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I was thrilled when I saw that Peggy Orenstein’s book, Cinderella Ate My Daughter: Dispatches from the Front Lines of the New Girlie-Girl Culture, was available at my library. I love reading/talking about gender and pop culture, so I happily devoured the four-star reviews on Amazon while I waited for the book to come on hold for me.
I picked up the hardcover yesterday and read it all day. I was enthralled with Orenstein’s voice. She talks about complicated gender/consumer topics in a way that makes you feel like you’re chatting with an old friend in a coffee shop or in a school hallway waiting to pick up ‘the kids’. She is hilariously honest about her struggle (and bouts of ping-ponging hypocrisy) to raise her daughter in a way that protects her from princessification without raising her in a bubble or brainwashing her. It’s been a while since I’ve enjoyed reading a book so much (or devoured one so quickly). Well, for about half of the book.
Unfortunately, the thing I liked most about Orenstein’s writing is also what makes it weak– it’s too casual, too informal to be informative. Perhaps it’s because this is a part-nonfiction-part-memoir book, or perhaps it’s because Orenstein is a journalist and not a scientist… but it really bothered me that she throws around a bunch of studies in the book without explicitly naming them. That’s not quite true in the technical sense– Orenstein does leave the reader with “notes” at the end of the book, where she offers blurbs for some studies/articles/terms by the page they come up on in her book. She also has a bibliography and gives her own book an index by subject. But these notes strike me as a flippant (or lazy?) way of citing sources and shows that her efforts are more spent persuading the reader than exploring the subject. As she doesn’t use footnotes or paragraph annotations, I frequently found myself irritated with how she justified some of her claims and what kind of authority she was on girls anyway. I didn’t realize that she even had notes at all until I was at the end of the book. It would be easy to miss this all together– by the time I found her sources, I had mostly lost interest.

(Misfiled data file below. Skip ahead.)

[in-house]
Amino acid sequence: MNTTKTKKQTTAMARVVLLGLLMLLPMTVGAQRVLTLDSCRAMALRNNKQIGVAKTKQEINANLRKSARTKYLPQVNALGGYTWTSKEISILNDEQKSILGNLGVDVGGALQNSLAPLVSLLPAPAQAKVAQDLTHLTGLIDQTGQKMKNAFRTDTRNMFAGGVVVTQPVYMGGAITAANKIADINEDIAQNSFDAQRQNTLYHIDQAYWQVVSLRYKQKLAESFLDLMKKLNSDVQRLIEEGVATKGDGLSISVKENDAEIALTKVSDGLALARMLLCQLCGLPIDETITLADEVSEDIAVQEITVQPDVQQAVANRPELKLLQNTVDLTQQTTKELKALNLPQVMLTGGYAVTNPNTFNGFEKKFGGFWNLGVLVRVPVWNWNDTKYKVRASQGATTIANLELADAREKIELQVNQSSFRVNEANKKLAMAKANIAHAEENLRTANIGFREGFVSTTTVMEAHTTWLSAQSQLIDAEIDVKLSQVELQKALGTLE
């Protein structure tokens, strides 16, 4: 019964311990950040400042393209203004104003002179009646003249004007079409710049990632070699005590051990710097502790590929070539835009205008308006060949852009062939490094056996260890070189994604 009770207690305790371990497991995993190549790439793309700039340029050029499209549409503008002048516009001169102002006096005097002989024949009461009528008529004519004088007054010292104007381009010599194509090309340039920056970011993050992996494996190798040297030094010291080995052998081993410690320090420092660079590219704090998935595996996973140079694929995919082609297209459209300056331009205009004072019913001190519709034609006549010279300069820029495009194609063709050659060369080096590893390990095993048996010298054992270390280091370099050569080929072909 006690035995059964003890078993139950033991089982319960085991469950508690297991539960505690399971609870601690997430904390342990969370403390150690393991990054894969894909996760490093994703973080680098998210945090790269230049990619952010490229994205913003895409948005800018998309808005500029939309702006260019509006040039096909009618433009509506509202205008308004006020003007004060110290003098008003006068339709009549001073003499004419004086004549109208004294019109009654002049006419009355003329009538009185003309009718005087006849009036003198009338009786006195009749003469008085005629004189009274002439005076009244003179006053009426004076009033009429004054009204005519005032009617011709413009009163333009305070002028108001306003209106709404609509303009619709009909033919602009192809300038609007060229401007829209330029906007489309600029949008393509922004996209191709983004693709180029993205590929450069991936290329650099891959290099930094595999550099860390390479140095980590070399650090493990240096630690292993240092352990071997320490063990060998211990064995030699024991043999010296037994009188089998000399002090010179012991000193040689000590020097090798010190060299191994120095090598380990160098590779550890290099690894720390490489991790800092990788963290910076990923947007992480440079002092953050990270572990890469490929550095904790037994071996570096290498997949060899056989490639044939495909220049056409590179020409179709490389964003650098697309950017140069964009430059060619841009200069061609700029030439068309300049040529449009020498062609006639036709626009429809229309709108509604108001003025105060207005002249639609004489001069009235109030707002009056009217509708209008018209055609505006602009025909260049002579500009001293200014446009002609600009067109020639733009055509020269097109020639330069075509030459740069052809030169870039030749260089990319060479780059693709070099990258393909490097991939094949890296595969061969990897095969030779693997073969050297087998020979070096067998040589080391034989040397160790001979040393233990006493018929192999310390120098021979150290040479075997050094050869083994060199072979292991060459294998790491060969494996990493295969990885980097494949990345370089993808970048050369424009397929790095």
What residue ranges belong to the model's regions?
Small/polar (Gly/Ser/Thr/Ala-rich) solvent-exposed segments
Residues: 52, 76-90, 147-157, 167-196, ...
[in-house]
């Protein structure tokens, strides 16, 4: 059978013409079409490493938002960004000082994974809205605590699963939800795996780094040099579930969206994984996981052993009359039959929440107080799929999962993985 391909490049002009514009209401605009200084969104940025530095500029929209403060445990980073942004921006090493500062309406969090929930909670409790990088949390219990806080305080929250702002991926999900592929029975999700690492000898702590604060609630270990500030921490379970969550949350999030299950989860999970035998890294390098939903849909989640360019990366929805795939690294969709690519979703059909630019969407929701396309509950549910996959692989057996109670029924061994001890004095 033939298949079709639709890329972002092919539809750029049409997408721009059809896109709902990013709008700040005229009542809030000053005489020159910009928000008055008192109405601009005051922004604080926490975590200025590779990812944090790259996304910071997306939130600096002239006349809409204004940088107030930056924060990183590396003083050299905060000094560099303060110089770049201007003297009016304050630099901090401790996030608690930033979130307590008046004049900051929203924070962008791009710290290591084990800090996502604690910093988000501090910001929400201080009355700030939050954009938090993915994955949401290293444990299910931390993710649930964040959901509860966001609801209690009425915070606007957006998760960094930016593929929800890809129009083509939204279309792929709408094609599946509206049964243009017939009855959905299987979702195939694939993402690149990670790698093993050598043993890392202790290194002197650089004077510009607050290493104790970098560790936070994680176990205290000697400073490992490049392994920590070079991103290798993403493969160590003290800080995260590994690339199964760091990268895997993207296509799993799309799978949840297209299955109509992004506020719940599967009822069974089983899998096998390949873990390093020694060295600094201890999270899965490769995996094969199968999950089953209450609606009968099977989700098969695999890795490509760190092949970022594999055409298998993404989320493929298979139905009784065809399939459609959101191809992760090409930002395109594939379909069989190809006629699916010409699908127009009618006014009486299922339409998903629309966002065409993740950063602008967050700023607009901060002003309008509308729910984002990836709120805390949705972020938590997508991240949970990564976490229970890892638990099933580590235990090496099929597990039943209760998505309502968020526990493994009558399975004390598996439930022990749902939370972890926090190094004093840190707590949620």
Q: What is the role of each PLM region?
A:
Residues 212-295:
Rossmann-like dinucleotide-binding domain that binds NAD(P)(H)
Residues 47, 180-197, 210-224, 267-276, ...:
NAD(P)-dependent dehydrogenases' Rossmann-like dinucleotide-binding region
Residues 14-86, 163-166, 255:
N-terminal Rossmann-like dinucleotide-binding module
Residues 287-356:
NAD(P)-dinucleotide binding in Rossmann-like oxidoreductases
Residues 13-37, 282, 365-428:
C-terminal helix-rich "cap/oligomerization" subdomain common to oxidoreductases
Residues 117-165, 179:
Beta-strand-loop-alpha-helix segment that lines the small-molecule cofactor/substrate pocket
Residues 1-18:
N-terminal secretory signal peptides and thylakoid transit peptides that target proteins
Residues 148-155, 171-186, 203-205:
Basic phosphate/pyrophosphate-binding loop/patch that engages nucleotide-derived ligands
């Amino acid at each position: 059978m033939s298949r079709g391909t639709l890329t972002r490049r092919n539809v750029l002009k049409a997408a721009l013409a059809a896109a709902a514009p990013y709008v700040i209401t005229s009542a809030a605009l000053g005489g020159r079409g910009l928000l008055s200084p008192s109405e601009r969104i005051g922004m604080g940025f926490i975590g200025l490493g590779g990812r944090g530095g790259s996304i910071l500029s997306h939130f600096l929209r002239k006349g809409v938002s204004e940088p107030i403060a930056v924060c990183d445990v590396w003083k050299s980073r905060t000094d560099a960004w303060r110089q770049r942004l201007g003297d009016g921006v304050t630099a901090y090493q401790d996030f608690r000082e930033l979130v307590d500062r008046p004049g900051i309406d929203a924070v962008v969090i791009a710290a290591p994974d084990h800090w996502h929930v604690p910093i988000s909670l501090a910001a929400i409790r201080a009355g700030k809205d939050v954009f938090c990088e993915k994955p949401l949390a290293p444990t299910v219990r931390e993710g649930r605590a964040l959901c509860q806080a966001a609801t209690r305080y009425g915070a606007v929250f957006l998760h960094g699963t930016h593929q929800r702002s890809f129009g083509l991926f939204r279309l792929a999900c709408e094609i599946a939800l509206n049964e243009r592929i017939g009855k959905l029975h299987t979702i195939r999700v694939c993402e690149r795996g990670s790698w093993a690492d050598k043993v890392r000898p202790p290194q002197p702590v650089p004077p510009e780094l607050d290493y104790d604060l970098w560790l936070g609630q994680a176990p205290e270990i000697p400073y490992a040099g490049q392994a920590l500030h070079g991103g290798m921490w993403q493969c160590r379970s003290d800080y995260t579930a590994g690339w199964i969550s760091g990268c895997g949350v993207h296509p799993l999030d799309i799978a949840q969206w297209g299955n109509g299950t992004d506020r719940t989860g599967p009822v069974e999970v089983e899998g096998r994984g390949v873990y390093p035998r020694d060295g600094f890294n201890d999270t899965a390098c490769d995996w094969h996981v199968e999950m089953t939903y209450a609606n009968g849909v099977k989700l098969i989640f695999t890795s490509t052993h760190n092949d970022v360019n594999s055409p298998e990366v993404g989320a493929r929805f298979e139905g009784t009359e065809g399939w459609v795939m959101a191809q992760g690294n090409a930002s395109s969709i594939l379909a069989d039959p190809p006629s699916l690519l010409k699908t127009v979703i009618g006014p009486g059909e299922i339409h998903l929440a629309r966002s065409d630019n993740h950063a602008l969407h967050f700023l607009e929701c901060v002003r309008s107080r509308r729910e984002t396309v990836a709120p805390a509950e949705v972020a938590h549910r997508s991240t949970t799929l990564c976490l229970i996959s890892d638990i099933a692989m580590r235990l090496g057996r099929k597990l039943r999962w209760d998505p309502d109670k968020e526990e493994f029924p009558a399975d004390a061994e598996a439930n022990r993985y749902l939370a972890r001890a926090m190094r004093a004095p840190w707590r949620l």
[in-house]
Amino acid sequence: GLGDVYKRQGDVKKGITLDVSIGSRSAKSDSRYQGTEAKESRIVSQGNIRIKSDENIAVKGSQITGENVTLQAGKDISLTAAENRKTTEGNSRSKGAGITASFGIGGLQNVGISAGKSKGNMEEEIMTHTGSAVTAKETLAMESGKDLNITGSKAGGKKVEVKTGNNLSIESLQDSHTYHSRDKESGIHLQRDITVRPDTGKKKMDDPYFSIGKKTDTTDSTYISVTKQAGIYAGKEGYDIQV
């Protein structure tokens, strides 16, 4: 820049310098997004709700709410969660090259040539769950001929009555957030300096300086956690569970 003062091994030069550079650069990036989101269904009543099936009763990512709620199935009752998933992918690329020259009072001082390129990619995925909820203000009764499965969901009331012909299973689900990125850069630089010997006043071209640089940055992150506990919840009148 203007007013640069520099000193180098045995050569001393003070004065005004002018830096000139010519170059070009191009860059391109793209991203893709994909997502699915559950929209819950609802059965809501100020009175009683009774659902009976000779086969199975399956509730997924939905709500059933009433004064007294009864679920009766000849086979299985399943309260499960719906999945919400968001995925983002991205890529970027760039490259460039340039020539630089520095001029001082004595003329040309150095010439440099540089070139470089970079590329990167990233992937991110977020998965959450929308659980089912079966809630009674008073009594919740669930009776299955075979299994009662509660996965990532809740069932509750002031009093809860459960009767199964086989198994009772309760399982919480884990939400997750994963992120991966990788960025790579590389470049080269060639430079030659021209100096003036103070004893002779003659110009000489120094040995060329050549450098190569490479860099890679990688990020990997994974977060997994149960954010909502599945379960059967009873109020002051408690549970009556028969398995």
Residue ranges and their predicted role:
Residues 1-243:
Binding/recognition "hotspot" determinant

The reader must be informed about most of her topics to keep up with Orenstein in the first place. She races quickly from one complicated topic to the next, for which she rarely offers backstory or new perspectives. This rushed pace ends up feeling like the book is comprised of haphazard summaries rather than adding any new thoughts to debates on feminism, child development, and media. Perhaps this problem is inevitable because the book’s aim is just too broad. It starts out about toddlers and Disney/princess culture but then it’s also about tweens, beauty pageants, Facebook, race, Barbie, Hannah Montana, Orenstein’s own childhood, sexting… the chapters seem without order or purpose. About halfway through the book, Orenstein starts derailing into segments that stress that, sigh, things were so much simpler/easier when we were girls and the world for the new generation is just too scary. Orenstein actually writes at one point (in response to the ‘phenomenon’ “Anal is the New Oral”):
I find myself improbably nostalgic for the late 1970s, when I came of age. Fewer of us competed on the sports field, raised our hands during math class, or graduated from college. No one spoke the word “vagina,” whether in a monologue or not. And there was that Farrah flip to contend with. Yet in that oh-so-brief-window between the advent of the pill and the fear of AIDS, when abortion was both legal and accessible to teenagers, there was– as least for some of us– a kind of Our Bodies, Ourselves optimism about sex. Young women felt an almost solemn, political duty to understand their desire and responses, to explore their own pleasure, to recognize sexuality as something rising from within. And young men– at least some of them– seemed eager to take the journey with us, to rewrite the rules of masculinity so they would prize mutuality over conquest. That notion now seems as quaint as a one-piece swimsuit on a five-year-old. (p 172)
Gag. It’s the kind of mom voice I’d expect from a sensationalist episode of Oprah. This ‘back-in-my-day” pessimism is pervasive in the second half of the book and not only is it weird, but it undermines her previous arguments. Additionally, the text’s attempt at ending on an “uplifting” note a chapter later feels random, forced, and unfinished.
I had hoped that in reading this I would find cultural critique, further reading resources, or new arguments. I guess that like those sensationalist Oprah audience moms, I was suckered in by the catchy title and promising review blurbs.
I’m still on the lookout for interesting (and insightful) books/articles/films on gender, media, and human development. Please leave me suggestions if you have any!